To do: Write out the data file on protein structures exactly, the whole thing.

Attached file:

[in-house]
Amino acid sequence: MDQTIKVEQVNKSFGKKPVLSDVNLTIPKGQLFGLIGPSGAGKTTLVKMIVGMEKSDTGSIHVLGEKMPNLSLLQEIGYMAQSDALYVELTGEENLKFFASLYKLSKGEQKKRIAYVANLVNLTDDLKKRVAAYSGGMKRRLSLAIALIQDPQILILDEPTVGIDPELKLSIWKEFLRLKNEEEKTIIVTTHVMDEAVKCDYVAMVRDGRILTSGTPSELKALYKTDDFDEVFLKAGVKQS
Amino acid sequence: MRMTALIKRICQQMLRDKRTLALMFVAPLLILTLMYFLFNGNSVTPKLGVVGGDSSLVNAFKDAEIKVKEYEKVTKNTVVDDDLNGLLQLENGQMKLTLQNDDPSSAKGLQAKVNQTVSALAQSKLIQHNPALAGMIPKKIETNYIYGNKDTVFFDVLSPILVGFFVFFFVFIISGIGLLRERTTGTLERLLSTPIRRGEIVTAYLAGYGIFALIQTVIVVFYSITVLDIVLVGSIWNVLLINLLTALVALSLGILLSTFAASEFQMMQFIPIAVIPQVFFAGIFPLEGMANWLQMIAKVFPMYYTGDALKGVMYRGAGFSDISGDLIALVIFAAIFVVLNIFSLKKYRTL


[in-house]
Amino acid sequence: MDQTIKVEQVNKSFGKKPVLSDVNLTIPKGQLFGLIGPSGAGKTTLVKMIVGMEKSDTGSIHVLGEKMPNLSLLQEIGYMAQSDALYVELTGEENLKFFASLYKLSKGEQKKRIAYVANLVNLTDDLKKRVAAYSGGMKRRLSLAIALIQDPQILILDEPTVGIDPELKLSIWKEFLRLKNEEEKTIIVTTHVMDEAVKCDYVAMVRDGRILTSGTPSELKALYKTDDFDEVFLKAGVKQS
Amino acid sequence: MRMTALIKRICQQMLRDKRTLALMFVAPLLILTLMYFLFNGNSVTPKLGVVGGDSSLVNAFKDAEIKVKEYEKVTKNTVVDDDLNGLLQLENGQMKLTLQNDDPSSAKGLQAKVNQTVSALAQSKLIQHNPALAGMIPKKIETNYIYGNKDTVFFDVLSPILVGFFVFFFVFIISGIGLLRERTTGTLERLLSTPIRRGEIVTAYLAGYGIFALIQTVIVVFYSITVLDIVLVGSIWNVLLINLLTALVALSLGILLSTFAASEFQMMQFIPIAVIPQVFFAGIFPLEGMANWLQMIAKVFPMYYTGDALKGVMYRGAGFSDISGDLIALVIFAAIFVVLNIFSLKKYRTL